Int J Androl. 2007 Jun;30(3):137-43. Epub 2006 Nov 27. Endogenous testosterone levels and smoking in men. The fifth Tromsø study. Svartberg J, Jorde R.


Why not read the literature review I cited in my previous response?

Apart from the fact that it's published in an irrelevant journal and would be inconvenient to obtain? (Have you read it?) I don't need to read it to know that it cites the 1986 Ross article and little or nothing else which supports substantial black-white differences in circulating T. If it were otherwise, you, Rushton, and dozens of prostate cancer researchers would not need to lean so heavily on a single study to establish that supposed fact.


"So how do you explain the fact that--in the US, according to one recent study--Hispanics have higher circulating Testosterone levels than blacks?"

Reference, please.


J Clin Endocrinol Metab. 2007 Jul;92(7):2519-25. Epub 2007 Apr 24. Serum estrogen, but not testosterone, levels differ between black and white men in a nationally representative sample of Americans. Rohrmann S, Nelson WG, Rifai N, Brown TR, Dobs A, Kanarek N, Yager JD, Platz EA. http://jcem.endojournals.org/cgi/rapidpdf/jc.2007-0028v1.pdf


I fully agree with you if you're talking about weakly polygynous hunter-gatherers. If you're talking about highly polygynous agriculturalists, I strongly disagree. The studies you cite are based largely on middle-aged or even elderly subjects.

. . . demonstrating you have not read said studies.

Young (15 to <30) Americans have markedly higher salivary T than Congolese (specifically, Lese farmers--these are not pygmies or hunter-gatherers) in the same age bracket. The difference disappears for the 45-60 year old group.


If you quote someone to back your argument, you assume responsibility for the quote's truthfulness. That's the way things work.

I assume no responsibility for your poor reading comprehension or failed attempt at scoring points through tiresome pedantry.

Peter Frost said...

"You make no sense. It's entirely appropriate to control for confounds like smoking"

Smoking and drinking are both seen as indicating adherence to male values. These social indicators thereby provide a means to elevate one's status within the male hierarchy and improve sexual access to women. This is as true in the U.S. as it is in Europe (where the Svartberg study was conducted). Young men who don't drink or smoke thus represent a subpopulation with generally lower testosterone levels.


"Apart from the fact that it's published in an irrelevant journal and would be inconvenient to obtain? (Have you read it?) I don't need to read it"

Sigh. No comment.


"Young (15 to <30) Americans have markedly higher salivary T than Congolese (specifically, Lese farmers--these are not pygmies or hunter-gatherers) in the same age bracket."

1. The young Americans in that study are simply identified as .... young Americans. That demographic is now less than 60% of European descent for the U.S. as a whole. If we look at where the study was conducted (Massachusetts, essentially Boston), we find that, in 2005, Boston public schools were 46% black and 31% Latino (mainly of Puerto Rican and Dominican descent). The study population was thus largely of African or part-African descent.

2. The Lese population has long been receiving gene flow from Pygmy hunter-gatherers. At present, about 13% of Efe (pygmy) women are married to Lese villagers. To a large degree, it reflects selection pressures that have acted on a weakly polygynous population.

Again, I agree with the point you made earlier that malnutrition or undernutrition probably depresses testosterone levels in Africa.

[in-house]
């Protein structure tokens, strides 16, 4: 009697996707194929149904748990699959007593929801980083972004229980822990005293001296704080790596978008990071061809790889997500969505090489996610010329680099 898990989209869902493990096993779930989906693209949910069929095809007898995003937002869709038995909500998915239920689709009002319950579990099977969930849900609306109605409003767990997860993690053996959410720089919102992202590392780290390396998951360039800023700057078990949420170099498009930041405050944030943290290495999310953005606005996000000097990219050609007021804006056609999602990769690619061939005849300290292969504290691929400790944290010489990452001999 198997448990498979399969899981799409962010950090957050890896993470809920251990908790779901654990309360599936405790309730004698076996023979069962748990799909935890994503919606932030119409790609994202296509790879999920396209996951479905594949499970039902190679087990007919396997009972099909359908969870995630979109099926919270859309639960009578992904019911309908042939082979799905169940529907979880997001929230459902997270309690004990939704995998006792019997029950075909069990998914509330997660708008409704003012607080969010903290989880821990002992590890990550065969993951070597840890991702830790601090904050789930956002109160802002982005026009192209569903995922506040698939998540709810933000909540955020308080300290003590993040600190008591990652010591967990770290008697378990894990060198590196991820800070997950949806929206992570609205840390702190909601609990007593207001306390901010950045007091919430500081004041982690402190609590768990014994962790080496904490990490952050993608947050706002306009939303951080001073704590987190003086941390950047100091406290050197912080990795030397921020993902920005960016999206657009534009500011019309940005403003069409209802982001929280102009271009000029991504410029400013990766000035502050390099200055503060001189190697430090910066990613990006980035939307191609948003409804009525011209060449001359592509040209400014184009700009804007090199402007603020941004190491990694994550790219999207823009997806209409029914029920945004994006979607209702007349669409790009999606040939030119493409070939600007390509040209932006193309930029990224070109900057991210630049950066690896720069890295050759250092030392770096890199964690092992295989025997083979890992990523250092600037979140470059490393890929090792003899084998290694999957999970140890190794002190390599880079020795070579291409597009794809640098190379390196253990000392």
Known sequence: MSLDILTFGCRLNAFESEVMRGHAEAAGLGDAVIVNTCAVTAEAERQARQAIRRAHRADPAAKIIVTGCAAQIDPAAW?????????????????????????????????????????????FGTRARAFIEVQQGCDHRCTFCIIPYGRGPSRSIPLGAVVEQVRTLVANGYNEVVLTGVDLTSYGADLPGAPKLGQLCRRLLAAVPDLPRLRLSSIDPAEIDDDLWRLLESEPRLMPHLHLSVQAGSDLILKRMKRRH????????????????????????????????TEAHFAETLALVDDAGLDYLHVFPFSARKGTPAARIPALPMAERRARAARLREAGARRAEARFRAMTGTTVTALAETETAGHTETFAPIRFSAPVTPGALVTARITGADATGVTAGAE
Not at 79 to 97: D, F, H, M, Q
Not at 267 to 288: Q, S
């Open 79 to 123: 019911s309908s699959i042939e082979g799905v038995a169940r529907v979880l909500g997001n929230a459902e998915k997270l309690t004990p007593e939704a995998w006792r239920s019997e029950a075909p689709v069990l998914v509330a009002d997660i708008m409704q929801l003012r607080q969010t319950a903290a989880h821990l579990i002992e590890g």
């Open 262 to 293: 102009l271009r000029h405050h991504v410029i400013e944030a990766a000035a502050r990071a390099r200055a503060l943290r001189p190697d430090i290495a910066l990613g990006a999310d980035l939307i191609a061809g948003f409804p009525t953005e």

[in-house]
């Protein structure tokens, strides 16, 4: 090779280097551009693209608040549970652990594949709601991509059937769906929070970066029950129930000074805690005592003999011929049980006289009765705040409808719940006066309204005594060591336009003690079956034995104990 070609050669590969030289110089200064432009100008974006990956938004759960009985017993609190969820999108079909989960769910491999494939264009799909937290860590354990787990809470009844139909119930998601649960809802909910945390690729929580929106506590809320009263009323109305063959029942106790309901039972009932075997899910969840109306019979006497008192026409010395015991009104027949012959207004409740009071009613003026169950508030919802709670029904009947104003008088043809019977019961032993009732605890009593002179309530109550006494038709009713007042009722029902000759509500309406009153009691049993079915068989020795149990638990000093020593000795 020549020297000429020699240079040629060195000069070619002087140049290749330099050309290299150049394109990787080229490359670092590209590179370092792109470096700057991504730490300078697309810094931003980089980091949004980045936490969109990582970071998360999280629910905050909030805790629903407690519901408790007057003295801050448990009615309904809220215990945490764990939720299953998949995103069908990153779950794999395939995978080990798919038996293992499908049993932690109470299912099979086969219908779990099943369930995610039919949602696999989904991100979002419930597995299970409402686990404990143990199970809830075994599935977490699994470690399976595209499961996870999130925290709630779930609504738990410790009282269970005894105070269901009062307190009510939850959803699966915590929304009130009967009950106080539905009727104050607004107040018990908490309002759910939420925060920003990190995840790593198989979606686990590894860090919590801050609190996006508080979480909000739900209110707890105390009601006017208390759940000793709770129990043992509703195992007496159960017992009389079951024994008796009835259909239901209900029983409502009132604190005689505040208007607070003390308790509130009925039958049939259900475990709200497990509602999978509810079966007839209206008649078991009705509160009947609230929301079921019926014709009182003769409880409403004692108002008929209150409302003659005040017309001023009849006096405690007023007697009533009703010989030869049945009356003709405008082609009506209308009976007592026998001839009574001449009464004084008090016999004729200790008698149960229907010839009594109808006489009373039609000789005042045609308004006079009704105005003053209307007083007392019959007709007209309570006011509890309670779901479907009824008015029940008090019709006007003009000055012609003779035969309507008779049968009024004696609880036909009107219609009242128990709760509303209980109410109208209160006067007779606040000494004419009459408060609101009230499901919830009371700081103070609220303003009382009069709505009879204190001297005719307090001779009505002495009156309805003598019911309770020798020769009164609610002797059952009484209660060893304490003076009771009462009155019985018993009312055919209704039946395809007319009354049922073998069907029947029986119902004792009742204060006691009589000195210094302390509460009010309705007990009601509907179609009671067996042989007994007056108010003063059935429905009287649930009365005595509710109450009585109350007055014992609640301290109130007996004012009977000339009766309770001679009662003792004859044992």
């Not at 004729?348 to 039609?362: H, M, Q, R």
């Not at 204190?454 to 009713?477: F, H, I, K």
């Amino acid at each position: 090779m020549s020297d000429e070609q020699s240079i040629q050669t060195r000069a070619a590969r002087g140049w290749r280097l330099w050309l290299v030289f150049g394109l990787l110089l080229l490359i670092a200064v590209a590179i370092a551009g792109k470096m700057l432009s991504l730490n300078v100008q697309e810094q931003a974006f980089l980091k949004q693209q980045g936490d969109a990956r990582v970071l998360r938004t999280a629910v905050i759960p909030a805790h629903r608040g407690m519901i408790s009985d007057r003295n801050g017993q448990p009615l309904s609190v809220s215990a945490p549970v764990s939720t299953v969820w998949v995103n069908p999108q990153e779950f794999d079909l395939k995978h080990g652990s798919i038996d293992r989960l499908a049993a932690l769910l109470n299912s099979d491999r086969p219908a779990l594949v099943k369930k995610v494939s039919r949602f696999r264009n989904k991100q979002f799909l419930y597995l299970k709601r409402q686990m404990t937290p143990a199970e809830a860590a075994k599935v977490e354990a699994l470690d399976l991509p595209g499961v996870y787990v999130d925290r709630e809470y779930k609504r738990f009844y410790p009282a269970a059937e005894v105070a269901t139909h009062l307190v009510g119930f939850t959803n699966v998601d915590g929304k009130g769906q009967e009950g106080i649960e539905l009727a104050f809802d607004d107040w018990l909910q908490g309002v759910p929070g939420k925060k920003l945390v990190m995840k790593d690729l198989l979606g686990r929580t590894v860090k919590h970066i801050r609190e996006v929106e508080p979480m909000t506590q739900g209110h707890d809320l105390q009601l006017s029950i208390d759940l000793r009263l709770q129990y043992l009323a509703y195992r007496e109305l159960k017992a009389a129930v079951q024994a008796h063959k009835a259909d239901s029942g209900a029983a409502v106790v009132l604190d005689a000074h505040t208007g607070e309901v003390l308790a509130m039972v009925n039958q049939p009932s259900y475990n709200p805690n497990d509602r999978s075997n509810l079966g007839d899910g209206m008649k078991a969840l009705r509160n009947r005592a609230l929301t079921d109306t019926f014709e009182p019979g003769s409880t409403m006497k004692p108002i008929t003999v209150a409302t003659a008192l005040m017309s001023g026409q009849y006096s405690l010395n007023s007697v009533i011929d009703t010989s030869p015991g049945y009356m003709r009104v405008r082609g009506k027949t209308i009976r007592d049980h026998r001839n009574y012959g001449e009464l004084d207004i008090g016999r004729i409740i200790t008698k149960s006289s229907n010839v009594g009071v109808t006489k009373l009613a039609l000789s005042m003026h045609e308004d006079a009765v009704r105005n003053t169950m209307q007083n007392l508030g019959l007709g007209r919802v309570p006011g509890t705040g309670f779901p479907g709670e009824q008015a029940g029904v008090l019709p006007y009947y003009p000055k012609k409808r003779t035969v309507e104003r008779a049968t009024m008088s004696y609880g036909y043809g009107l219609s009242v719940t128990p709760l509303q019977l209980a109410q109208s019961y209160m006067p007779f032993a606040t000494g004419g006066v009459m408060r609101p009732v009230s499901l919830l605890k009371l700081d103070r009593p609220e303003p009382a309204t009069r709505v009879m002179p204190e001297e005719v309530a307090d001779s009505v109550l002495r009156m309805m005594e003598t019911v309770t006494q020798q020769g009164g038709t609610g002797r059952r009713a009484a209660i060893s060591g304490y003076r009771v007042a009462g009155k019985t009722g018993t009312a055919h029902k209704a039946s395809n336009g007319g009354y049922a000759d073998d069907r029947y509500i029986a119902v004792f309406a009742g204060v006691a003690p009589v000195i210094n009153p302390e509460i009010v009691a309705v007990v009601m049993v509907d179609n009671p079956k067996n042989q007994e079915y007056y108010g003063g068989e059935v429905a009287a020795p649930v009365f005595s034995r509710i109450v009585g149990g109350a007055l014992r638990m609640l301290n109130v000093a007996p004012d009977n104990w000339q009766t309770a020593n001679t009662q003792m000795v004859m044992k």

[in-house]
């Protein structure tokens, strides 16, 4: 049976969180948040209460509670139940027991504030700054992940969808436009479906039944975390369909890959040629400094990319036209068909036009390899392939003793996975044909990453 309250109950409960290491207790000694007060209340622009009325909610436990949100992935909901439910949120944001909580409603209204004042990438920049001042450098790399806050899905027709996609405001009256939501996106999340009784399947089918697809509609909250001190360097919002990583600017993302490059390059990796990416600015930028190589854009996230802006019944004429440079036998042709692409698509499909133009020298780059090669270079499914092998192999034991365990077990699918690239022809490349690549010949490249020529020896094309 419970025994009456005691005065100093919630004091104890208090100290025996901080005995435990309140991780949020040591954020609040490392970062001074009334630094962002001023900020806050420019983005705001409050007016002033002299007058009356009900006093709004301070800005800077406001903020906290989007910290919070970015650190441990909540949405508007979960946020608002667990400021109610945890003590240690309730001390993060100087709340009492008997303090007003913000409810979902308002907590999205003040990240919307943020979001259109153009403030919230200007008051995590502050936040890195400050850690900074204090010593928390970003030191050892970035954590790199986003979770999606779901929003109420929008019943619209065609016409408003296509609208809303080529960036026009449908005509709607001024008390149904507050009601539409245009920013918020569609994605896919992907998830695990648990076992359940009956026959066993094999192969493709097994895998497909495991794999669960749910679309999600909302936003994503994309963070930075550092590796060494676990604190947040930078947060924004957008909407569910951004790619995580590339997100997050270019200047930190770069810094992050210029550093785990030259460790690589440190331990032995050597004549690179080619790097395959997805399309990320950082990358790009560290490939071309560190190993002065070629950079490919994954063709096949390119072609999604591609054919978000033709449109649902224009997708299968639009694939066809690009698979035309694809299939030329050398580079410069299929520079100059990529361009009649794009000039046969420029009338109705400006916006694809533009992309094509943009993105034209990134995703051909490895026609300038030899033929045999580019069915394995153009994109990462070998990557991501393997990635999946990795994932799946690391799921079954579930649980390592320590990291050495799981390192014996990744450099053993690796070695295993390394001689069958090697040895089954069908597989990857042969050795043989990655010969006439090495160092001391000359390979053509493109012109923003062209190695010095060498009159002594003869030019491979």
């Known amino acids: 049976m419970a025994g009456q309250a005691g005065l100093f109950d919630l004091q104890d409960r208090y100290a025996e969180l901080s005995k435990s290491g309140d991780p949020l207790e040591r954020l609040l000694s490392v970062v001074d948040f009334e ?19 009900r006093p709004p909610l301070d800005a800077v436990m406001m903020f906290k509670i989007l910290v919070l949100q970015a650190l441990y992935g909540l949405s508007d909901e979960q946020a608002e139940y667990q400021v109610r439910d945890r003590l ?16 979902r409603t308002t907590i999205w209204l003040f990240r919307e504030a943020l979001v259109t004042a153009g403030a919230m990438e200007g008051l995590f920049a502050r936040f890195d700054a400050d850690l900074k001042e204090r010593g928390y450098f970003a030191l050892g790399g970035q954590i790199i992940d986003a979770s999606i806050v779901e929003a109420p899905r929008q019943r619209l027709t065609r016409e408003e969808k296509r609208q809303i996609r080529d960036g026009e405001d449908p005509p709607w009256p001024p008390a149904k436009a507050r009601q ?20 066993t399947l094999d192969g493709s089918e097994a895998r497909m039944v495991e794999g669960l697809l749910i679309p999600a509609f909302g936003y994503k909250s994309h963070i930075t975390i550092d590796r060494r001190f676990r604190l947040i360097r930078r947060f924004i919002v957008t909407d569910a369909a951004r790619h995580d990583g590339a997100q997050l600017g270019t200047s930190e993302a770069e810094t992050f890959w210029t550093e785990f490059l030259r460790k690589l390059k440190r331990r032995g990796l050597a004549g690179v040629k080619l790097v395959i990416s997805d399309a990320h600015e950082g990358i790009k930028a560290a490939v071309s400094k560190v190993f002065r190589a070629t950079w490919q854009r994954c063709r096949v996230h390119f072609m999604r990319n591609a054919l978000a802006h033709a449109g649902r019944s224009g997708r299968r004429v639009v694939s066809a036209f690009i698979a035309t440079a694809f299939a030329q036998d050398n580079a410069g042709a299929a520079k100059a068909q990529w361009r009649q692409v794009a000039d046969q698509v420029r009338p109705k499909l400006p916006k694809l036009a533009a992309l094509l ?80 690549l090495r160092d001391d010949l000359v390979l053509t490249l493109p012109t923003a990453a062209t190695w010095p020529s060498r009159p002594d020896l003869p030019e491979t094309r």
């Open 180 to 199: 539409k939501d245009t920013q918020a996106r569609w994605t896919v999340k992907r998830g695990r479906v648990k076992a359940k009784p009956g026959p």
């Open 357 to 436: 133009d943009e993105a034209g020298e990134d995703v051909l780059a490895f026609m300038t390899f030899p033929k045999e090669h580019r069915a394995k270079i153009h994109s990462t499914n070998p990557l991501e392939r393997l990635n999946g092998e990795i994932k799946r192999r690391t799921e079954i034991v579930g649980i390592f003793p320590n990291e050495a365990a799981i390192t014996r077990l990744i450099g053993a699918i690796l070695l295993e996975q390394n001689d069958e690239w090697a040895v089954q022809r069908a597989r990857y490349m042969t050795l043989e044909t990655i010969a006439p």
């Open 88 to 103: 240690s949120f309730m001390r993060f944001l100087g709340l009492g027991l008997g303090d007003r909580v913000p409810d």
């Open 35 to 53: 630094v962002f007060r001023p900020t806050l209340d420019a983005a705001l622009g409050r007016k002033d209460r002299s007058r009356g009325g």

"http://jcem.endojournals.org/cgi/rapidpdf/jc.2007-0028v1.pdf"

In the short version of the article, the subjects are identified as "A total of 1413 men aged 20+ yr". Considering that t levels decline markedly even between 24 and 30 years of age, such a lack of control for age could easily produce spurious ethnic differences and obscure real ones. I'll consult the long version at the university library, but I doubt that it will be more informative.


"I assume no responsibility for your poor reading comprehension or failed attempt at scoring points through tiresome pedantry."

Everyone has biases, including me. That's why it's important to check secondary sources. Often the primary source tells a different story.

n/a said...

Young men who don't drink or smoke thus represent a subpopulation with generally lower testosterone levels.

Citation? Or are you just pulling this out of your ass? All the research I've seen suggests smoking elevates testosterone. I believe drinking depresses testosterone (and white men tend to be heavier drinkers), though I don't have time to check that right now.

Sigh. No comment.

In other words, I'm right. You've got nothing except Ross et al. (1986).

You have no basis on which to assume the young American sample reflects the racial makeup of the Boston public school system. At least one study by the same group mentions using a sample of Harvard students. And Poles apparently have similar testosterone levels to the American sample.

As for the "Serum estrogen, but not testosterone" study, what part of "adjusting for age" don't you understand?

After applying sampling weights and adjusting for age, percent body fat, alcohol, smoking, and activity, testosterone concentrations were not different between non-Hispanic blacks (n = 363; geometric mean, 5.29 ng/ml) and non-Hispanic whites (n = 674; 5.11 ng/ml; P > 0.05) but were higher in Mexican-Americans (n = 376; 5.48 ng/ml; P < 0.05). Non-Hispanic blacks (40.80 pg/ml) had a higher estradiol concentration than non-Hispanic whites (35.46 pg/ml; P < 0.01) and Mexican-Americans (34.11 pg/ml; P < 0.01). Non-Hispanic blacks (36.49 nmol/liter) had a higher SHBG concentration than non-Hispanic whites (34.91 nmol/liter; P < 0.05) and Mexican-Americans (35.04 nmol/liter; P < 0.05).